Two nicknames — “Horse Legs” and “Beast Mode” — may be more fitting for comic book characters, but they describe the football team’s two-pronged running attack of senior running backs Jarrett Naiden and Clay Ardoin. Together, these two seniors bring a blend of power and speed to the Bombers’ backfield that could cause headaches for opposing defensive coordinators all season long.
At 6 feet 2 inches tall and 216 pounds, Ardoin, known on the team as “Beast Mode,” is the more powerful runner of the pair. He relies on running straight up and using his speed to get to the outside. Naiden, aka “Horse Legs,” stands at 5 feet 8 inches, is 186 pounds and relies on his agility to make defenders miss inside the tackles. He started the last three games of last season and said he owes his improvement to offseason workouts held at his old high school in Easton, Pa. His offseason regimen included hour-long runs, agility drills and football-specific weight lifting.
The Blue and Gold unleashed double trouble on Moravian College at their 24-0 season opening win Sept. 1, where each member of the pair set career highs. Naiden rushed for 118 yards, while Ardoin rushed for 206.
Naiden said he and Ardoin like to wear defenses down with pounding runs until they break down late in the game.
“We like to do our own thing, but we definitely have a thunder and lightning deal going,” Naiden said.
The running backs’ outburst was as methodical as it was explosive. Each runner recorded their longest runs in the fourth quarter.
Ardoin’s 84-yard run served as the exclamation point to an emphatic performance.
The Bombers were on their own six-yard line late in the game when Ardoin received the handoff from junior quarterback Phil Neumann on a power play to the left. With sophomore right guard Andrew Benvenuto pulling to the left, Ardoin had a lead blocker and a safety to beat. After beating the safety, Ardoin sprinted 84 yards before being pushed out of bounds at the Greyhounds’ 10-yard line.
The run propelled Ardoin over the 200-yard mark, but despite that impressive total, the senior runner said he is refusing to let the dominant performance get to his head.
“It was one game,” Ardoin said. “If you make a good play you put it in the bank and move on. You don’t let it get to your head because if you do you’re setting yourself up for failure.”
Ardoin’s humility comes after he saw limited action last season because of a coach’s decision, despite being the team’s leading rusher in 2010. He said he needed another opportunity to play after last season.
“I’m always ready to play,” Ardoin said. “I’ve been here long enough, and I know the playbook and what’s going on with the team. I just needed my opportunity to get back on the field.
Naiden said he stuck with Ardoin through his struggles last season.
“I just told him to keep working hard and nothing is guaranteed here, so we just kept pushing each other as much as we could,” Naiden said. “We knew this was our senior year, and we wanted to do the best we could because we knew it would help the team become the best it could be.”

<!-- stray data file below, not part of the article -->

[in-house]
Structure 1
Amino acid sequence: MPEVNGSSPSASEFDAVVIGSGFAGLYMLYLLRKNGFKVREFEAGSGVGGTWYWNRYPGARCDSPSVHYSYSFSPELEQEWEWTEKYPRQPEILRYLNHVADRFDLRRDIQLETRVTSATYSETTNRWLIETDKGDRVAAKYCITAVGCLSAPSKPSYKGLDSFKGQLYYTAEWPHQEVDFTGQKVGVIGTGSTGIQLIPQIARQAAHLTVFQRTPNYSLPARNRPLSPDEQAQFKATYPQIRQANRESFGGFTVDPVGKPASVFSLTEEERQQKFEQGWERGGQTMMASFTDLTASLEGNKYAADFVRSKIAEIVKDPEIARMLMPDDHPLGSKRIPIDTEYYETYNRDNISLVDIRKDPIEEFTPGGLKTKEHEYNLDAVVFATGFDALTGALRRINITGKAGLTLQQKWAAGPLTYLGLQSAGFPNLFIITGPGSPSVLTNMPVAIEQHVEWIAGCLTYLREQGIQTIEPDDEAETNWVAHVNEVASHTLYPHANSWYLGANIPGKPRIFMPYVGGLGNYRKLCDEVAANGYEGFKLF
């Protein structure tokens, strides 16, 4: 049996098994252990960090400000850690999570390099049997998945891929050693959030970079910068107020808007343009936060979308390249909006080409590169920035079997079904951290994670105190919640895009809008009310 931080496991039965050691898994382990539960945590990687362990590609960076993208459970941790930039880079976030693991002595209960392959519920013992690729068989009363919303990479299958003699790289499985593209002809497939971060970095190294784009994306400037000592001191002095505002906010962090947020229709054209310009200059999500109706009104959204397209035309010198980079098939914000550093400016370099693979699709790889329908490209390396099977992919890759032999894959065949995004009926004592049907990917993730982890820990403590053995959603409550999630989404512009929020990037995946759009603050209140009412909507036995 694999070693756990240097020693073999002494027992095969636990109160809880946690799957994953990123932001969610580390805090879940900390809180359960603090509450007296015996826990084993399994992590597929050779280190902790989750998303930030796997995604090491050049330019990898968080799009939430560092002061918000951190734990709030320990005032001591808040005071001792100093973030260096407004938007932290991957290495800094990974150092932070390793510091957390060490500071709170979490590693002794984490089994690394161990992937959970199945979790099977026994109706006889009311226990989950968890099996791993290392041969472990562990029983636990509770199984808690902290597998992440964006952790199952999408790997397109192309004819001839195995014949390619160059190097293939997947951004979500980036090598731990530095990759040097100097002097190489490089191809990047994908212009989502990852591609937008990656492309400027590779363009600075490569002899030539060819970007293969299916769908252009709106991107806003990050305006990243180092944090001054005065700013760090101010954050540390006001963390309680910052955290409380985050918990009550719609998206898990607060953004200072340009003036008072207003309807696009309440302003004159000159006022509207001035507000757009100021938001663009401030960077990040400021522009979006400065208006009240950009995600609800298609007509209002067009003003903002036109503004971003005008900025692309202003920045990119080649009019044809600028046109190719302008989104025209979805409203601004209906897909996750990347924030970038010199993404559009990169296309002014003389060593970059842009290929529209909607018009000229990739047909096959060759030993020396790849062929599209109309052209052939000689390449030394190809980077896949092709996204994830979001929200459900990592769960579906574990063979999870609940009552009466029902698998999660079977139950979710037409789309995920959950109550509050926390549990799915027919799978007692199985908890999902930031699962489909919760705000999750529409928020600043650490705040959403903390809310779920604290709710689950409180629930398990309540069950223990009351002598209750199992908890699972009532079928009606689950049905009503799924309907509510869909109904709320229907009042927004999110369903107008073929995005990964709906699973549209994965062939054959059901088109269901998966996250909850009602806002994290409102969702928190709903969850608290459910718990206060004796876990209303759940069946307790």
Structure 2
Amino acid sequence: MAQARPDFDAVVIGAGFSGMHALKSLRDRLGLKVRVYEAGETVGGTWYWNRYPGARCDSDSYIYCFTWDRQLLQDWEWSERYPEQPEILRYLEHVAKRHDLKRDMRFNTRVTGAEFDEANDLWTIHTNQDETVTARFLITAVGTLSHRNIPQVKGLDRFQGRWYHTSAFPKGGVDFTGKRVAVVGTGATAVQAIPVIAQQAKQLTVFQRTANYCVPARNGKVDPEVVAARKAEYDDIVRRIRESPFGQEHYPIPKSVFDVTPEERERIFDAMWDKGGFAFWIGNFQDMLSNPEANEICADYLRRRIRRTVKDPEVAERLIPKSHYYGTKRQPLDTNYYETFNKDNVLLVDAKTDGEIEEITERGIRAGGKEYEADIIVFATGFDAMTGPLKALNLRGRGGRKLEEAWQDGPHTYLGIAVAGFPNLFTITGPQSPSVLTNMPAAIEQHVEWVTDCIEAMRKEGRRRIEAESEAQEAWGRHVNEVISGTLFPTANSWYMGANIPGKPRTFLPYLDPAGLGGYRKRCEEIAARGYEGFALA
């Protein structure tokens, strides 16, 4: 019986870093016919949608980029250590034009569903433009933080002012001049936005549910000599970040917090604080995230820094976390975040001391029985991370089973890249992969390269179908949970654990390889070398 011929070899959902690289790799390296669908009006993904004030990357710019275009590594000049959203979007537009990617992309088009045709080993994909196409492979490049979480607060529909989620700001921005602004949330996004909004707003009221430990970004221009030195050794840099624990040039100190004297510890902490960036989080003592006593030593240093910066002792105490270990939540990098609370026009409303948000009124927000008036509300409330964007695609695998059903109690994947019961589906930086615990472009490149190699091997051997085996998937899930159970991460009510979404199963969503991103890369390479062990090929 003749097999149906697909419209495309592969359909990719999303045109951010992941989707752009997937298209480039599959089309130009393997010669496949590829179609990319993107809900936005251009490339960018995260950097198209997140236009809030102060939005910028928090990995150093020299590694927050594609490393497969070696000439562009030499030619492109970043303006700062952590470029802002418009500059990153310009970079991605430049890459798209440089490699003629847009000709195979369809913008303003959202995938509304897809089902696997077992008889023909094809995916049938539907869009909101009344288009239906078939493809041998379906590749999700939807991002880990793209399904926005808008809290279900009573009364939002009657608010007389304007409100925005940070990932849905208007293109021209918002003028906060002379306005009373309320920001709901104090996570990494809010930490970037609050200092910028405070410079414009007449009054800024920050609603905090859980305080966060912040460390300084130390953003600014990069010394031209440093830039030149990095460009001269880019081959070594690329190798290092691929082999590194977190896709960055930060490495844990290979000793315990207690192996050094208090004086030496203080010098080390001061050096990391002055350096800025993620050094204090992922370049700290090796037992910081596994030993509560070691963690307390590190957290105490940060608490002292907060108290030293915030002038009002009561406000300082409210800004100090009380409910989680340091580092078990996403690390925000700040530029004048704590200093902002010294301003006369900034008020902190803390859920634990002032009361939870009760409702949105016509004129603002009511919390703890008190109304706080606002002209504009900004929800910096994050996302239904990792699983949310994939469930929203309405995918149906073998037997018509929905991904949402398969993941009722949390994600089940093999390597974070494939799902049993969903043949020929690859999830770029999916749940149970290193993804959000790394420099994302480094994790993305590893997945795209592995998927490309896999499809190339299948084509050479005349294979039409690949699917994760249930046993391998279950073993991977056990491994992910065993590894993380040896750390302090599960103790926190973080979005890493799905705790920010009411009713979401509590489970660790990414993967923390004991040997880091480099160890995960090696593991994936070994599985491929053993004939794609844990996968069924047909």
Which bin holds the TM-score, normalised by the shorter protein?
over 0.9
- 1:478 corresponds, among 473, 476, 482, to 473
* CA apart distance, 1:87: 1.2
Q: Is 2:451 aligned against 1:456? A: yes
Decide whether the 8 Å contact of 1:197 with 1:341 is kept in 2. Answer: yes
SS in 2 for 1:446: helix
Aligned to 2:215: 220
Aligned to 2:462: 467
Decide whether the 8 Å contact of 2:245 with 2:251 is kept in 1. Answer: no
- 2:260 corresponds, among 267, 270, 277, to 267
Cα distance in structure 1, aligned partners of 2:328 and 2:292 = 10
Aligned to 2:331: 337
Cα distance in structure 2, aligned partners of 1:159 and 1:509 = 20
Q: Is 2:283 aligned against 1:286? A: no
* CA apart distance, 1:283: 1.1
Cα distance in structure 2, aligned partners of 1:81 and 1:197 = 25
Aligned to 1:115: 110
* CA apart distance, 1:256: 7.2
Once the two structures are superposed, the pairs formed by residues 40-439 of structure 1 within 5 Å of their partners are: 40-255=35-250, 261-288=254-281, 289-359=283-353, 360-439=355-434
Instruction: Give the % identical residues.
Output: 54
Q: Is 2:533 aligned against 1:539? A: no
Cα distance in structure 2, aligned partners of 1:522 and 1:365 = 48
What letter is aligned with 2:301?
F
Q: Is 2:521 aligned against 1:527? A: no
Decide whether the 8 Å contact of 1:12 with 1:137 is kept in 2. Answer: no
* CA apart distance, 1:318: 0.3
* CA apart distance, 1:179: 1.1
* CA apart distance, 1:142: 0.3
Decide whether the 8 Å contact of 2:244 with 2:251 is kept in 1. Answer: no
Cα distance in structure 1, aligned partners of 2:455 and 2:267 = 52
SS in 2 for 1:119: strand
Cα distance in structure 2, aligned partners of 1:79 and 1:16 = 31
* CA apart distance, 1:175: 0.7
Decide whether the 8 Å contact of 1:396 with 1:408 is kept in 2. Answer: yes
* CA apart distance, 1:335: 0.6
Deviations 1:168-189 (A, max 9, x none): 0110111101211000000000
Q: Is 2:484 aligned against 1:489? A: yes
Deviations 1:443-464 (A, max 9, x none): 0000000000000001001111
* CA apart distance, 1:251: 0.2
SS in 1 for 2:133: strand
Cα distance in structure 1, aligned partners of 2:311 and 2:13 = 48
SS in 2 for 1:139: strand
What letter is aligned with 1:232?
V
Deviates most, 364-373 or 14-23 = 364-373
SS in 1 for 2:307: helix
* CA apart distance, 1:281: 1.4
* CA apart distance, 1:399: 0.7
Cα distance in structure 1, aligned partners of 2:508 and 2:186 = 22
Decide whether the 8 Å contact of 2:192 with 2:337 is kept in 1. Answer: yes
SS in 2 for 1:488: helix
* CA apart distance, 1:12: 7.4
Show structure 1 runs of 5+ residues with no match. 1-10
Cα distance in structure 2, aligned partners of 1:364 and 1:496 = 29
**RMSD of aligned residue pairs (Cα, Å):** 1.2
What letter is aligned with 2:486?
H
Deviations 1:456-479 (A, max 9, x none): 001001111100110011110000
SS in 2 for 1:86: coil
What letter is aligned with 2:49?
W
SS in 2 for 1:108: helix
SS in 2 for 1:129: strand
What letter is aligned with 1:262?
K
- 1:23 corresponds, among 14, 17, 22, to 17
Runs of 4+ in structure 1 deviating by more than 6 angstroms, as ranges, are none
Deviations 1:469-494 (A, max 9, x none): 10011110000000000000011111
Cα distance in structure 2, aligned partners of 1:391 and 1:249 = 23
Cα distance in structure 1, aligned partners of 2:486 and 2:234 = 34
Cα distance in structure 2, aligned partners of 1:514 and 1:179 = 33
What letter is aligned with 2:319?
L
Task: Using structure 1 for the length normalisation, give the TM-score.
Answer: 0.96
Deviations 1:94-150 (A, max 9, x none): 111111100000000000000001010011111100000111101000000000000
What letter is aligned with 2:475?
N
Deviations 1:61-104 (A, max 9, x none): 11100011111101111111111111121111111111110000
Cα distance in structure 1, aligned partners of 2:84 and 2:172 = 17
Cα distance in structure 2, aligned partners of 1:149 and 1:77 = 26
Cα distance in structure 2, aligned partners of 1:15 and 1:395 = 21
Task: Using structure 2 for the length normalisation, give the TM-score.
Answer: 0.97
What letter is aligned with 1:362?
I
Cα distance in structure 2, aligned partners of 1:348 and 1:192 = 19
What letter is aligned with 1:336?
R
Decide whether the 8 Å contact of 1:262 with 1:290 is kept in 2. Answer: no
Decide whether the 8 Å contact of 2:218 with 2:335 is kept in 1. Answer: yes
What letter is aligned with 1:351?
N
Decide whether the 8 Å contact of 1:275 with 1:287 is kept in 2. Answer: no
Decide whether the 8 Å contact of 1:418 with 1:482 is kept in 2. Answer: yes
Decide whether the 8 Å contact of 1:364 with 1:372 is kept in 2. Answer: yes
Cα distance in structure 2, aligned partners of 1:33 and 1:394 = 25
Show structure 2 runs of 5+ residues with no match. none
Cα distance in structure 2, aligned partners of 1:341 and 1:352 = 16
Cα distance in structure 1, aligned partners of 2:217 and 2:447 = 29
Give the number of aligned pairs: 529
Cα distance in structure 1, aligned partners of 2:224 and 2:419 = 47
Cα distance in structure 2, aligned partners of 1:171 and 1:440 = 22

The senior duo found tougher sledding in the Bombers’ second game against Union College on Saturday. The two combined for just 49 rushing yards in the first half and a fumble by Ardoin set up Union’s first touchdown of the afternoon.
In the second half, however, the running backs found their rhythm. Ardoin ripped off two consecutive runs of more than 10 yards in the third quarter and the Bombers’ ground game opened up the passing game for junior quarterback Phil Neumann in the fourth quarter. The South Hill squad erased a 14-point deficit in the fourth quarter before eventually scoring a dramatic 27-24 overtime victory.
Naiden and Ardoin, who live just two houses apart from each other, have risen up together through the ranks since joining the team in their freshman years. Even through battles for the starting role, Naiden said the bond between he and his teammate has remained strong.
“Theres always a lot of competition at running back and we always stuck together,” Naiden said. “We work well with each other and help each other out if we mess up or give each other feedback.”
They also work with graduate assistant running back coach Art Hoomiratana, who is in his first season with the Bombers. Hoomiratana said Naiden and Ardoin are comfortable with splitting the bulk of the carries from the backfield.
“I don’t emphasize who starts, but we all know that they’re both going to play,” Hoomiratana said. “They have to be ready whenever their number’s called, they’re great at working together, they’re great friends and there’s no ego.”
Ardoin said the positive relationship he has with Naiden enables them to better communicate with the younger running backs. This communication leads to an atmosphere that Ardoin said will lead the Blue and Gold to a successful season.
“It comes down to trust,” Ardoin said. “You have to be able to trust the guy next to you play in and play out. You have to take care of your job, and I think the team really gets it this year.”